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T-marks

Who owns the boundary feature?

What do T marks mean?


Seeckts v Derwent [2004] EWCA Civ 393

This was a dispute as to position of a boundary turning upon construction of a conveyance that used T-marks on the plan. There was some conflict between those T marks and certain dimensions in the conveyance. The question was whether or not the hedge between the two properties belonged to one party or the other. The natural implication of the T-marks was that the hedge belonged to the claimant and this was consistent with other evidence in the case.
    "The Clock House boundaries are marked with T symbols positioned inwards which in accordance with normally recognised convention, and without specific evidence to the contrary, would show any feature on the boundary to be in the ownership of the Clock House." (Note from the evidence of the surveyor repeated in the judgment of Carnwarth LJ at para 15).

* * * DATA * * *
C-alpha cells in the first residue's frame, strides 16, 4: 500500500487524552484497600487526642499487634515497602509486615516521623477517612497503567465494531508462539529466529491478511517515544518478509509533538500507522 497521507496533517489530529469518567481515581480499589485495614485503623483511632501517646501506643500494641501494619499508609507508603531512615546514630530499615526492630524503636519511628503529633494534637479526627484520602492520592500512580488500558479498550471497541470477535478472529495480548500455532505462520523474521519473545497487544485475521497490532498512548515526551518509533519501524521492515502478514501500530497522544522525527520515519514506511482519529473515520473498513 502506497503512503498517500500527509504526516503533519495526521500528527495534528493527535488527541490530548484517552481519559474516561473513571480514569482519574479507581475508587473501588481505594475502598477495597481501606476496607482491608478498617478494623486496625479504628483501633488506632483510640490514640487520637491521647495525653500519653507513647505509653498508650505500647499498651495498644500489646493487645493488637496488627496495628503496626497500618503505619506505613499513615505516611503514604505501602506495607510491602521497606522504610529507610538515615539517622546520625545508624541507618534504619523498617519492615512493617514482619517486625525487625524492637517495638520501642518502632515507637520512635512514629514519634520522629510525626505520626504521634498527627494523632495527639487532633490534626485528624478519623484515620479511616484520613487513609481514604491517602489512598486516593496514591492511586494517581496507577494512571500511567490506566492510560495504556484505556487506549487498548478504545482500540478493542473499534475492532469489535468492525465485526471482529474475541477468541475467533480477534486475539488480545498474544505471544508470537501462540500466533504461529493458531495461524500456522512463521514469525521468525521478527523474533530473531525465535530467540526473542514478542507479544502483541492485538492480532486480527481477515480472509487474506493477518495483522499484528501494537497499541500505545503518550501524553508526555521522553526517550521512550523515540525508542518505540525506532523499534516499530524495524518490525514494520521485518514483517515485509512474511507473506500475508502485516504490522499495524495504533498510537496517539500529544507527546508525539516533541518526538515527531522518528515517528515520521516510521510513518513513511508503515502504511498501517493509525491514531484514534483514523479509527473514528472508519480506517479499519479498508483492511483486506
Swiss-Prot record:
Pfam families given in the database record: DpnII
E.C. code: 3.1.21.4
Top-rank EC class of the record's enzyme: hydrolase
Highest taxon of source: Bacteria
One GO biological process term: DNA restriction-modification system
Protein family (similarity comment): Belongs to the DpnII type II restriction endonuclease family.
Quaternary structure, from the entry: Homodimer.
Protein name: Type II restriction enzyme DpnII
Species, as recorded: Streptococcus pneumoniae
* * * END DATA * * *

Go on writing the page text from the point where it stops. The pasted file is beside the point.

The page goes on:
The dimensions in the conveyance did not rebut the implication arising from the T marks and the other evidence.


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